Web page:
After popular TV show Heroes so successfully captured the super-power idea, during season one at least, it seems like an odd time to release Push. Overseen by stylish director Paul McGuigan, last found helming Lucky Number Slevin, Push imagines a similar world in which a small number of humans boast special abilities.
Ranging from movers, able to move objects without touching them, pushers, able to control people’s thoughts and actions, watchers, able to see into the future and bleeders, able to emit a high-pitched sonic vibration which can harm and kill living beings and inanimate objects, plus several others, those with powers are forever on the run from Division, a secret Government organisation testing augmentation drugs on the gifted.
After surviving the experiment, pusher Kira (Belle) escapes Division and stumbles upon mover Nick (Evans) and young watcher Cassie(Fanning), whom make it their duty to hide and protect her, but with Division only ever one step behind, and Kira’s two saviours on the search for a case containing $6m, safety lasts only for a brief moment.
Despite the sorry state Heroes finds itself in at the current time, Push still can’t match the TV show’s efforts. McGuigan’s picture feels like an art house feature film version of the TV series, following the abilities to a tee and lacking all imagination and creativity.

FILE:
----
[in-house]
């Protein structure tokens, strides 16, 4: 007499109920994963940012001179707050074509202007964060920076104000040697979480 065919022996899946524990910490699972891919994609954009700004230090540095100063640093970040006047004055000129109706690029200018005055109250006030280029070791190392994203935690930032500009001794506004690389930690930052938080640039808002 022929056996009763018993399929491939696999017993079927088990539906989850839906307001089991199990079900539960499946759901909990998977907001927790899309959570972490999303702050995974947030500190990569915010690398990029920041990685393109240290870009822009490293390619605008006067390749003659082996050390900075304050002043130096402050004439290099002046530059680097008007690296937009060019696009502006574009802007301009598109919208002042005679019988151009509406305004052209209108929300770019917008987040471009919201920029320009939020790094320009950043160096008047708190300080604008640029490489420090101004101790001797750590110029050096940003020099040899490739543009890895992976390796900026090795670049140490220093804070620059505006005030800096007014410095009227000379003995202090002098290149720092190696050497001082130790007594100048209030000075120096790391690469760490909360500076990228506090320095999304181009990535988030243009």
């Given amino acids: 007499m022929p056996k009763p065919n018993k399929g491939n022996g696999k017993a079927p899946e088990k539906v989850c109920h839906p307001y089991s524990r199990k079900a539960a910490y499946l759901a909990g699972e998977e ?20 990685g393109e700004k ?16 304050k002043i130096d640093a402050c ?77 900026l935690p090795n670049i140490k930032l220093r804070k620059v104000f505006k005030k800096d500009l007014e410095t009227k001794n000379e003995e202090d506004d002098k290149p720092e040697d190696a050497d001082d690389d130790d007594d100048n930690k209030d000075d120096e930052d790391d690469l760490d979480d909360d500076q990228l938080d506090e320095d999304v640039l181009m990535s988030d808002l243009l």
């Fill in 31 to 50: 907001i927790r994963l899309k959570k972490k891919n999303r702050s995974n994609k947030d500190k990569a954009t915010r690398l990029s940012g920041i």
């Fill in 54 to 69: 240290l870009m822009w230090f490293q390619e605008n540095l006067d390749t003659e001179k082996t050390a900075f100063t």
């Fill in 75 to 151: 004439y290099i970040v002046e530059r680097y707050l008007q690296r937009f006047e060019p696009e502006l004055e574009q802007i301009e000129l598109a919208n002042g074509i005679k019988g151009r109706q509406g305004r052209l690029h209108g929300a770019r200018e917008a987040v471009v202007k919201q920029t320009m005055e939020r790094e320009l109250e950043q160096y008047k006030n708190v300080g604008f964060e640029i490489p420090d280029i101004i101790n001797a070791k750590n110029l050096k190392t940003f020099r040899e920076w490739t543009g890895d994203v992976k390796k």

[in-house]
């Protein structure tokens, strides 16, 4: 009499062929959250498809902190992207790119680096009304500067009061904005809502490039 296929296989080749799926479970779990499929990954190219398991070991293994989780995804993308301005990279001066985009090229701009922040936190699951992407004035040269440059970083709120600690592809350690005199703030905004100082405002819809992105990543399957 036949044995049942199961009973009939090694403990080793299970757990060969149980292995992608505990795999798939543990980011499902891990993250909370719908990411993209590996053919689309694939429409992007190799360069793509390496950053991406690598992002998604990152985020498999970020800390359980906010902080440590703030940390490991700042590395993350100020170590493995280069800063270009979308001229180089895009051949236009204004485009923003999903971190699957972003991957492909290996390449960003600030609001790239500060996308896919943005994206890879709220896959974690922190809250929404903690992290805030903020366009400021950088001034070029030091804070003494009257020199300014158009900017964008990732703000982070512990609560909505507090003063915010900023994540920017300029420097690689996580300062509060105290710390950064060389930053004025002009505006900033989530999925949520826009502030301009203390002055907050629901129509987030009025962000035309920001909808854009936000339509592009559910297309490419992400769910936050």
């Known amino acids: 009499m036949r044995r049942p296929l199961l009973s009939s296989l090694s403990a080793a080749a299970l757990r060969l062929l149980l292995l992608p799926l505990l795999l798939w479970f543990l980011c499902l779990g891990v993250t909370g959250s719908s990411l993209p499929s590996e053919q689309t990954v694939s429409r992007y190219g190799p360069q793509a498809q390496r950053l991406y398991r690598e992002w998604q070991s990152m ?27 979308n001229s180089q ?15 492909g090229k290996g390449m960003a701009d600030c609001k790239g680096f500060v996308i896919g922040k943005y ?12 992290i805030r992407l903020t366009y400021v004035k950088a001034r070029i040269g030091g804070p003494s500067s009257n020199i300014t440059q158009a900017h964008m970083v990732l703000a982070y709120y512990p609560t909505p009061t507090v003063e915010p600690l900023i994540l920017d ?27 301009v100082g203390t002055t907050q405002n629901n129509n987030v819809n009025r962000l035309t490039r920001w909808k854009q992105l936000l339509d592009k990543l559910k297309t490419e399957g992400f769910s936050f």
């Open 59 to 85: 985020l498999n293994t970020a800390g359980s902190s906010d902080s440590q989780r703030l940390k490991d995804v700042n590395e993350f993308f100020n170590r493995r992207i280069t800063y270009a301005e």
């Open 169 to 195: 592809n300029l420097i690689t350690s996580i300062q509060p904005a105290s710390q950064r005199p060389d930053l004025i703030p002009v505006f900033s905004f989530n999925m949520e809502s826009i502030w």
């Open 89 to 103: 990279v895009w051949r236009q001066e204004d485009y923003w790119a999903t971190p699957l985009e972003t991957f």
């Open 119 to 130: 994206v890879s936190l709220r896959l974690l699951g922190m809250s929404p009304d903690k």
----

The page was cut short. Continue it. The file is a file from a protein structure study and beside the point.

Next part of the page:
Though shot with great style and flair, the story lacks depth, Push fails to explain or explore the super-powers in any great detail.
The $6m case plot device feels inadequate to get the film moving, and is thoroughly underwhelming considering those chasing after it have the ability to read people’s minds, see into the future or pick up objects without touching them, though the most aggravating moments in Push come when the bleeders are on screen. Their high powered screams prove to be some of the most annoying scenes in cinema in recent memory, to the extent you’ll contemplate leaving the screening.
Set and filmed on location in bustling Hong Kong, the tight urban street and winding alleyways suit the film perfectly, but this is not enough to save Push from the Oscar season garbage dump.